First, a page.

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Microtopography creates small-scale refugia for boreal bryophytes during clear-cut logging
Stockholm University, Faculty of Science, Department of Botany.
Stockholm University, Faculty of Science, Department of Botany.
(English)In: Ecography, ISSN 0906-7590, E-ISSN 1600-0587Article in journal (Other academic) Submitted
Abstract [en]

The biotic response of ecological systems to disturbances has traditionally been explained by attributes of the disturbance event itself, such as its intensity, the distribution of traits within a community related to resistance (e.g., physiological, morphological or life-history) or their interaction. Another less investigated mechanism explaining variation in response to disturbance is microtopographic heterogeneity, which might modify survival rates unevenly. We tested the hypothesis that forest floor microtopography creates small-scale refugia for bryophytes following conventional clear-cut logging by comparing a) survival of transplanted bryophytes and b) compositional changes of forest floor bryophytes among three different positions: on the northern side of boulders and stumps and on unsheltered forest floor. The investigation was carried out as a before-and-after study in 12 Swedish boreal forests (eight stands subjected to clear-cutting and four reference stands). Significantly more bryophyte transplants survived where they were shelter by boulders and stumps (30 % and 29 % respectively) compared to on level forest floor (10 %) and and less compositional changes occurred in sheltered microtopographic positions compared to on level forest floor. Shelter from boulders and stumps increased survival from both microclimatic stress and mechanical disturbance but not from burying by logging residues. Our findings provide evidence that microtopography can modify initial responses to disturbances by creating small-scale refugia. Further studies are needed to determine whether this phenomenon is commonly occurring among other organisms and in other ecosystems and to what extent scattered in-situ survivors can increase the recovery rate following disturbances.

Keyword [en]
boreal forest, boulders, bryophytes, mechanical disturbance, liverworts, mosses, stumps
National Category
Biological Sciences
Research subject
Plant Ecology
Identifiers
URN: urn:nbn:se:su:diva-38897OAI: oai:DiVA.org:su-38897DiVA: diva2:317307
Available from: 2010-05-03 Created: 2010-05-03 Last updated: 2017-12-12Bibliographically approved
In thesis
1. Resistance and recolonization of bryophyte assemblages following disturbances: - detecting patterns and exploring mechanisms
Open this publication in new window or tab >>Resistance and recolonization of bryophyte assemblages following disturbances: - detecting patterns and exploring mechanisms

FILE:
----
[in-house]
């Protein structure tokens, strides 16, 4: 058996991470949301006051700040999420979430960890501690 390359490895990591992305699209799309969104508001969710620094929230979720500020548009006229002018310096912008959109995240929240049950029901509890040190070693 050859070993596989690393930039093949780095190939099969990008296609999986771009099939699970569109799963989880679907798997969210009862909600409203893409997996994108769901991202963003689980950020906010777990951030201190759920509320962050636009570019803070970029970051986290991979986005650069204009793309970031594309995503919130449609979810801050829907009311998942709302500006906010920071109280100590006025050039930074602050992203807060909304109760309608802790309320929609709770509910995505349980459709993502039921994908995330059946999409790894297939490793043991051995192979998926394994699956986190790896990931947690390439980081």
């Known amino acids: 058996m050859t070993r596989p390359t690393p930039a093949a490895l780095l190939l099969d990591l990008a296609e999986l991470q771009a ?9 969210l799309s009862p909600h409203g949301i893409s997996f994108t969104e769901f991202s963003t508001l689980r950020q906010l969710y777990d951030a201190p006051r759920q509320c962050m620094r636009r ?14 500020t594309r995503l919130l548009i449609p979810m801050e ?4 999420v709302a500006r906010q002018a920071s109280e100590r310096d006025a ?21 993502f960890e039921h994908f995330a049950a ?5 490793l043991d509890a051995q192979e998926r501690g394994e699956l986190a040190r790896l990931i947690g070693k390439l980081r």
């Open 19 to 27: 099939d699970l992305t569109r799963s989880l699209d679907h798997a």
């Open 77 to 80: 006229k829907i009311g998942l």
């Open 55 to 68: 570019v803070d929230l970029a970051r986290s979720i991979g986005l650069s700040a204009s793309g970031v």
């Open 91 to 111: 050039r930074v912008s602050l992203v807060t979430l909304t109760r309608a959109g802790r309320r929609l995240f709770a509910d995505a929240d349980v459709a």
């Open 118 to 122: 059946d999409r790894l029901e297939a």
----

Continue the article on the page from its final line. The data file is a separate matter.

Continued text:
2010 (English)Doctoral thesis, comprehensive summary (Other academic)
Abstract [en]

Disturbances are ubiquitous features of most northern forest ecosystems. The subsequent response of plant assemblages on both short (resistance or not) and long term (recolonization or not) will depend on a number of factors operating at several spatial scales. In boreal forest ecosystems, bryophyte assemblages are a conspicuous and species rich group of plants for which these processes are poorly understood. Using a combination of experimental and observational approaches this thesis explores these questions for closed-canopy bryophyte assemblages in relation to a) microtopography (both for the initial and long-term response), b) environmental constrains during post-logging succession and c) disturbance type. My results clearly show that the shade and shelter provided by microtopographic surface structures can increase survival rates of bryophytes following clear-cut logging by decreasing mortality from microclimatic stress and mechanical disturbance. Following clear-cutting, the recovery of forest floor and dead wood living bryophytes seems to be a relatively steady and progressive process without any major bottleneck episodes in the young or semi-mature forest stages with much of the pre-disturbance composition recovered after 50 years. Although boulders were found to increase the initial survival on clear-cuts and hence increase disturbance resistance, we found no evidence that boulders influenced the subsequent recolonization process. Lastly, strong compositional dissimilarities were found in young forests (40 years) following clear-cut logging, wildfire and insect outbreak, indicating divergent trajectories to occur following different disturbances. Hence, early seral stages of forest ecosystems regenerating after natural disturbances seem to compliment young managed forests in maintaining landscape level diversity.

Place, publisher, year, edition, pages
Stockholm: Department of Botany, Stockholm University, 2010. 30 p.
Keyword
Bryophytes, boreal forest, boulders, clear-cutting, disturbance, establishment, insect outbreaks, microtopography, recolonization, resistance, spatial heterogeneity, succession, wildfires
National Category
Biological Sciences
Research subject
Plant Ecology
Identifiers
urn:nbn:se:su:diva-38883 (URN)978-91-7447-053-6 (ISBN)
Public defence
2010-06-04, Föreläsningssalen, Botanicum, Lilla Frescativägen 5, Stockholm, 10:00 (English)
Opponent
Supervisors
Note
At the time of the doctoral defense, the following papers were unpublished and had a status as follows: Paper 2: Submitted. Paper 3: Manuscript. Paper 4: Manuscript.Available from: 2010-05-11 Created: 2010-05-03 Last updated: 2010-05-03Bibliographically approved

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